Buying a Hanse 548

Peter Andersen

Anarchist
889
212
At least three main issues with the original contract that the YBAA one improves upon - don't let it limit/explicitly detail what the survey can/can't look at, don't limit the reasons you can walk away from the deal, don't make out any deposit check to the Seller - all deposits should go into the broker's escrow account.
Yes standard deals will allow the buyer to walk away 48 hours after getting the survey results, based only on their sole discretion. No reason need be given. It all depends on local market conditions. Your boat may be a Unicorn that shits gold bricks everyone wants. Or the last ugly baby left in the Dubrovnik orphanage which needs to be gone by the end of this model year to make room for fresh new January babies.
 

Navig8tor

Super Anarchist
7,666
2,060
Silver Lining? Article 7.3 is a bit unusal in these parts. If you are not happy with the survey you should be able to reject the deal outright and get your deposit back. 5 pct of this boat could be $500K and a big repair. Why get caught up in what could be a long drawn out mess of a repair? Or counter 2.5 pct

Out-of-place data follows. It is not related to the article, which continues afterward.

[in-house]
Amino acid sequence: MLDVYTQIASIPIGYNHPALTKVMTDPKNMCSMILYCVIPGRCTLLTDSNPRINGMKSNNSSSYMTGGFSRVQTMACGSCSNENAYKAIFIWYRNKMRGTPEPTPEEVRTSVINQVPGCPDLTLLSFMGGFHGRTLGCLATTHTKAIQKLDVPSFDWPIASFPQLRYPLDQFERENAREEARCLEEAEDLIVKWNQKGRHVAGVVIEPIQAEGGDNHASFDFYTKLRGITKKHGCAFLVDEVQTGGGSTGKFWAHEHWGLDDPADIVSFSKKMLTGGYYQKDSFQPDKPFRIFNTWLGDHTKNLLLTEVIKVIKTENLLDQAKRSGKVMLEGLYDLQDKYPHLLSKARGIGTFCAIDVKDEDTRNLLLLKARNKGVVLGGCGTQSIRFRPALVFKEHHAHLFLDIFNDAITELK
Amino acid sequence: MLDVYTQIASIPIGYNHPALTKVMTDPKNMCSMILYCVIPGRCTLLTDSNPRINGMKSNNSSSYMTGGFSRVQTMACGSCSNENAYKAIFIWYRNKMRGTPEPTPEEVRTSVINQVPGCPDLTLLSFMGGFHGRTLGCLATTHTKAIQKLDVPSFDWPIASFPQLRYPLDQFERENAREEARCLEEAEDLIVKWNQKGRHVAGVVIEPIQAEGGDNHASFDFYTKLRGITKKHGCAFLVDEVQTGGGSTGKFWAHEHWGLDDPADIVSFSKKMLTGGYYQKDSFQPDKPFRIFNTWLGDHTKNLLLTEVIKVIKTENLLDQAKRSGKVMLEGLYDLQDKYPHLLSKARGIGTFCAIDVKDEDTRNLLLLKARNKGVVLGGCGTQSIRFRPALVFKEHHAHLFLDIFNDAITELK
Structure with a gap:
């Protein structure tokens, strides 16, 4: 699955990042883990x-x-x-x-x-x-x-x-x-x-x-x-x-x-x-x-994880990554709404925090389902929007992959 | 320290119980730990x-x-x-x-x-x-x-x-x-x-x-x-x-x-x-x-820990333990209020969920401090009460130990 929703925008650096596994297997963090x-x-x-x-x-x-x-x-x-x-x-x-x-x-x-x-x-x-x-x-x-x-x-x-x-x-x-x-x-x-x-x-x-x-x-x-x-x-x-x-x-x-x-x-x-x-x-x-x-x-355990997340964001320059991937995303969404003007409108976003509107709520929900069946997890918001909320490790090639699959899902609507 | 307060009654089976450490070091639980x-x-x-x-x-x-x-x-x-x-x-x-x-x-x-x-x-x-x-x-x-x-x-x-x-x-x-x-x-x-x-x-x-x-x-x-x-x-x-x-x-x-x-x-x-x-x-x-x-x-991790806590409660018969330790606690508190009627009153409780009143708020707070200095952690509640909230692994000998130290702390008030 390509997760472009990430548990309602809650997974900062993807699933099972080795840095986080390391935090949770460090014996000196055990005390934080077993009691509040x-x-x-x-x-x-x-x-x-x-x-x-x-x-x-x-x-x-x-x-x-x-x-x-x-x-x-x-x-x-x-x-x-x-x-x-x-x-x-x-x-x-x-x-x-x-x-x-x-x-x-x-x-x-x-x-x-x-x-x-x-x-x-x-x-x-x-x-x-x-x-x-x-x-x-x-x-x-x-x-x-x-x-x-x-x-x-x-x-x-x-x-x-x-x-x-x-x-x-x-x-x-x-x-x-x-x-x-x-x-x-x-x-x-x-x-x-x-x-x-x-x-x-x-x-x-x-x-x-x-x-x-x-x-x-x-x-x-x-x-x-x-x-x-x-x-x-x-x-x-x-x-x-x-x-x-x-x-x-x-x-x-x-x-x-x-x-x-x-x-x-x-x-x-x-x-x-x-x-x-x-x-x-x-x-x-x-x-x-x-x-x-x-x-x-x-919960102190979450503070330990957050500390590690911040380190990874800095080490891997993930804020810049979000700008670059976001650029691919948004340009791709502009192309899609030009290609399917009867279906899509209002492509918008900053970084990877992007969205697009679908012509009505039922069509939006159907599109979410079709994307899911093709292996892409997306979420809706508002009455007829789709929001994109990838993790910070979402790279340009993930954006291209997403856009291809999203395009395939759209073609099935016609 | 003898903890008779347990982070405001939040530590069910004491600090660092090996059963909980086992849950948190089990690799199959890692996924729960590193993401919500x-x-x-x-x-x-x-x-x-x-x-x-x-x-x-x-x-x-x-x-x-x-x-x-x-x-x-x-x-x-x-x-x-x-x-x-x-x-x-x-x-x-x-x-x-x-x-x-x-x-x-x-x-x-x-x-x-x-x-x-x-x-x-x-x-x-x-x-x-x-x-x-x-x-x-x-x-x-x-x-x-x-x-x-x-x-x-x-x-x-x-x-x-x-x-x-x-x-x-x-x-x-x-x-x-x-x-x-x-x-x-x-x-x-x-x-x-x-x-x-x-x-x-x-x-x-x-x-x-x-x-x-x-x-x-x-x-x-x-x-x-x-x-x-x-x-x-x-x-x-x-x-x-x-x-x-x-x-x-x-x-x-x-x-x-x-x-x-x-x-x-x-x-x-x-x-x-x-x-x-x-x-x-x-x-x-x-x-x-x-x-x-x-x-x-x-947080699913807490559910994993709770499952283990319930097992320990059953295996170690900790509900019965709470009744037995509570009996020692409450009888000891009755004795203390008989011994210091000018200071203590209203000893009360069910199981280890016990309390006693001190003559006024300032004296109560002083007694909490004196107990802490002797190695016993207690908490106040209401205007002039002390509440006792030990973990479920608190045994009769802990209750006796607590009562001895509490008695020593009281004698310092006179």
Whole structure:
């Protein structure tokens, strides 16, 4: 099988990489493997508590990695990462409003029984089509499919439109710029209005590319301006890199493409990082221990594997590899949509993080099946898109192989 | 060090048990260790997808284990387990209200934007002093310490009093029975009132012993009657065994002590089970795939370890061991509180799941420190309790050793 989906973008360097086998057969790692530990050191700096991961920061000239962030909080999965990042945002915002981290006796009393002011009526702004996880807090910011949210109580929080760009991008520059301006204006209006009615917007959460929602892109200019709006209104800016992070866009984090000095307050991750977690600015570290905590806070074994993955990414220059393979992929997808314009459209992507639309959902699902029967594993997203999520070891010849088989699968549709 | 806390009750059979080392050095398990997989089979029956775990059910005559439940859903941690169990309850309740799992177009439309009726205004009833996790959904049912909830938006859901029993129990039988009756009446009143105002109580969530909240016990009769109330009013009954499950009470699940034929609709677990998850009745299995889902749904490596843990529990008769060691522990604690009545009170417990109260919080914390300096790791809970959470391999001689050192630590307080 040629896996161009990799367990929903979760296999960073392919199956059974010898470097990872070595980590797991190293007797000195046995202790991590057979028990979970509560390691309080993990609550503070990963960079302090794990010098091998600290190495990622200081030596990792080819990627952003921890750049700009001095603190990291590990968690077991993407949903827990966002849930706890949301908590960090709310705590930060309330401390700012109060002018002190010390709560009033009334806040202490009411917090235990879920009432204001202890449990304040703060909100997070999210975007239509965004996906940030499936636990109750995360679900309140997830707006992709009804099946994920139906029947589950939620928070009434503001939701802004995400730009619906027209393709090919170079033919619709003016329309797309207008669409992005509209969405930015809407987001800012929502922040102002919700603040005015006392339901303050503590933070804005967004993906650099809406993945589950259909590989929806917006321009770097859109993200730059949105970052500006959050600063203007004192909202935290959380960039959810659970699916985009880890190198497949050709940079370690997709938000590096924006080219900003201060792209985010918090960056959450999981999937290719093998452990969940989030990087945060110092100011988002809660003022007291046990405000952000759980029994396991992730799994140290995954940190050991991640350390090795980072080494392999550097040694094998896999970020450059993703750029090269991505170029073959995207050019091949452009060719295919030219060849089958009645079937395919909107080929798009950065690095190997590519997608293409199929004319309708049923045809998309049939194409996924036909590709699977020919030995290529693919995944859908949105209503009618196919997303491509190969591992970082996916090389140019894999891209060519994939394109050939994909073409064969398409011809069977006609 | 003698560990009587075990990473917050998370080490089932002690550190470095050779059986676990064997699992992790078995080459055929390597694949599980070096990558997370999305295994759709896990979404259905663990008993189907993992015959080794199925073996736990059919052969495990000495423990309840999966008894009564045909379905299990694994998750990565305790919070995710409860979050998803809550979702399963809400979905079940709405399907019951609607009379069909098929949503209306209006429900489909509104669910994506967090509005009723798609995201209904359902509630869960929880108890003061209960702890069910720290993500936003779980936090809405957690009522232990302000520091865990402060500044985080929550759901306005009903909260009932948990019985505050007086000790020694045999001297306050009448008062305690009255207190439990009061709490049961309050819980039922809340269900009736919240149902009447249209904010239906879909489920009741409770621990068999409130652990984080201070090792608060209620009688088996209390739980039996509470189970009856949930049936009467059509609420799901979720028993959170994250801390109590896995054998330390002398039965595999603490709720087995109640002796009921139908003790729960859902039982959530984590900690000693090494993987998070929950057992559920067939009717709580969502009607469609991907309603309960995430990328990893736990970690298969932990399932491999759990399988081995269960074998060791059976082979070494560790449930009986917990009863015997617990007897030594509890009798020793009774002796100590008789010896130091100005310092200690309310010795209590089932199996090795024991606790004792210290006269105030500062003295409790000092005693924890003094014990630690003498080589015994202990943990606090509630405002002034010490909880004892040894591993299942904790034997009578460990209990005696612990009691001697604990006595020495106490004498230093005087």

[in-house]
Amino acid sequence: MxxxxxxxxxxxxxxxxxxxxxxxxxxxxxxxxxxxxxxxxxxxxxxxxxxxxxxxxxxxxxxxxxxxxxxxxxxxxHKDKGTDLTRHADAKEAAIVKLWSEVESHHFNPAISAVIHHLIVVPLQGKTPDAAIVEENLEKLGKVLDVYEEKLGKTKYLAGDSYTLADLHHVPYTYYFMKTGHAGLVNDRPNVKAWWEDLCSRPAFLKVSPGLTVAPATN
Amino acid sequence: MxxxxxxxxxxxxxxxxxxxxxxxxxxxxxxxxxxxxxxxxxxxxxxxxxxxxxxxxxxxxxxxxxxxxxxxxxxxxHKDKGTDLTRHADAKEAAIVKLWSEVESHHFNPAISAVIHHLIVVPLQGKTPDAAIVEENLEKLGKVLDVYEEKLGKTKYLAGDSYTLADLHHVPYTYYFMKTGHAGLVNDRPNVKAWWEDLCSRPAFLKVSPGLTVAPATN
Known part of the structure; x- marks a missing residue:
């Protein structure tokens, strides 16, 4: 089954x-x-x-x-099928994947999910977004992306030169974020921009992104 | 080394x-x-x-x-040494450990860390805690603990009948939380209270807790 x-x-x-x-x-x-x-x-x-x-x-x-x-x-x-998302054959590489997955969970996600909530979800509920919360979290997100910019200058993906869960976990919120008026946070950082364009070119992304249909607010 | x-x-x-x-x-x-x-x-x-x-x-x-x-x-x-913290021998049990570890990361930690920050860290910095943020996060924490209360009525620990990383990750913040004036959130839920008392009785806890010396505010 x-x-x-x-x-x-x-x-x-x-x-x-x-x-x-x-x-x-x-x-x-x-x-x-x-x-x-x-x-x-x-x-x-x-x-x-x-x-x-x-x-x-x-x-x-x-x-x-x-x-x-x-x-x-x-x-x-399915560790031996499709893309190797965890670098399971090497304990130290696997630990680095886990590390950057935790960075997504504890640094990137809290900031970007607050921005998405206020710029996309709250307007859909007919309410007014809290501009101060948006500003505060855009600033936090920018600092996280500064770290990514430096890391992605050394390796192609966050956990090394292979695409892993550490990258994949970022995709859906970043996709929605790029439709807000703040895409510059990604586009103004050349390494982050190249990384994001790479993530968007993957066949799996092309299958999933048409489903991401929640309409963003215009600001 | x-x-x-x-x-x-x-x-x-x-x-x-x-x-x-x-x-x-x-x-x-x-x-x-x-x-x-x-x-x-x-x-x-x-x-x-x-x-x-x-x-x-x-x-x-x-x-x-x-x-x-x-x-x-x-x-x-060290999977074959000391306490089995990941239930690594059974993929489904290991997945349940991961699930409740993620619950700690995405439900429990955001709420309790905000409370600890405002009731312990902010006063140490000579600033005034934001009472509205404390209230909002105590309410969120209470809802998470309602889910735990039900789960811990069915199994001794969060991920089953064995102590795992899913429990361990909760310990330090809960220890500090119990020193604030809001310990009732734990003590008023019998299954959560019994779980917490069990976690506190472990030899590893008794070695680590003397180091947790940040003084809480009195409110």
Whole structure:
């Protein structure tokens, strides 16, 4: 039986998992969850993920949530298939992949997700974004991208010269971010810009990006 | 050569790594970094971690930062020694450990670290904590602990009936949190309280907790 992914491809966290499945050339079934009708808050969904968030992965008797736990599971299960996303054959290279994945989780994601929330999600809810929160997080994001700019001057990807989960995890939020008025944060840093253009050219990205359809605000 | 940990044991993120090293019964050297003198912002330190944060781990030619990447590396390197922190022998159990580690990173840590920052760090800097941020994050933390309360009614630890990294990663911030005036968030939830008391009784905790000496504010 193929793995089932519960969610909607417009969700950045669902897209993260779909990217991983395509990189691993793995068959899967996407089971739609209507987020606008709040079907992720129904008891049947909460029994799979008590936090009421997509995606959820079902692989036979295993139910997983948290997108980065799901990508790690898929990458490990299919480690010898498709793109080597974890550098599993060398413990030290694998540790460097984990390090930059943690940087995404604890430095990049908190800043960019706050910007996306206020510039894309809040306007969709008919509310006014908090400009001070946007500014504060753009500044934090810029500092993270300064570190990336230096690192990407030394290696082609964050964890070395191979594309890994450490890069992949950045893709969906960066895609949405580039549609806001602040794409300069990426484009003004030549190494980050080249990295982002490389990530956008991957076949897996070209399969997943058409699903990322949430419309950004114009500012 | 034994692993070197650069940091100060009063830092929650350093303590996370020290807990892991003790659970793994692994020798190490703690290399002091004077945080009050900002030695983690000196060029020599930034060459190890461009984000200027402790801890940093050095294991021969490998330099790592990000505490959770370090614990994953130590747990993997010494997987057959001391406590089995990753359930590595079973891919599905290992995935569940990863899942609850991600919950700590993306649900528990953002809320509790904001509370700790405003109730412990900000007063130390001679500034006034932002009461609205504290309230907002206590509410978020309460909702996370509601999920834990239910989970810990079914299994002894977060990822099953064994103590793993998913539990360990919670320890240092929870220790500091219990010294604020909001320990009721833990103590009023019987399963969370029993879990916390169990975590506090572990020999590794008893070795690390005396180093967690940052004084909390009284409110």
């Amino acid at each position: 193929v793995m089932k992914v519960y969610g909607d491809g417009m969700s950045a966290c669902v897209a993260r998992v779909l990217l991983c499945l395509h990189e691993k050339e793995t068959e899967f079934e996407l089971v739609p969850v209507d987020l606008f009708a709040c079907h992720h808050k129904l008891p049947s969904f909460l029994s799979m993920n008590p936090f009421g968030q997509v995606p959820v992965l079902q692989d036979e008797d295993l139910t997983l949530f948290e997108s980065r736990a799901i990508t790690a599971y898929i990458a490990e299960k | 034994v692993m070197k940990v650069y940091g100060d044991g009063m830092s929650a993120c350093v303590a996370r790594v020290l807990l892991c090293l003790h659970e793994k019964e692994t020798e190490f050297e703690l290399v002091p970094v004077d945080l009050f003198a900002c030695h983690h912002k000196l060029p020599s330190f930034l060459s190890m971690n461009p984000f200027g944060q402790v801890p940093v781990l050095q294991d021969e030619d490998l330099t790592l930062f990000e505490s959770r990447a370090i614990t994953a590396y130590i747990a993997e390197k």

You really should spend the money on a buyers broker or solicitor to help you through the process. Especially if you are putting it into charter service and this is your first experience.
That would be my A-1 recommendation. And dont use the seller's broker surveyor. Find another.
Hopefully all works out ok, but there are a lot of land mines all around you and you dont know how to look for them.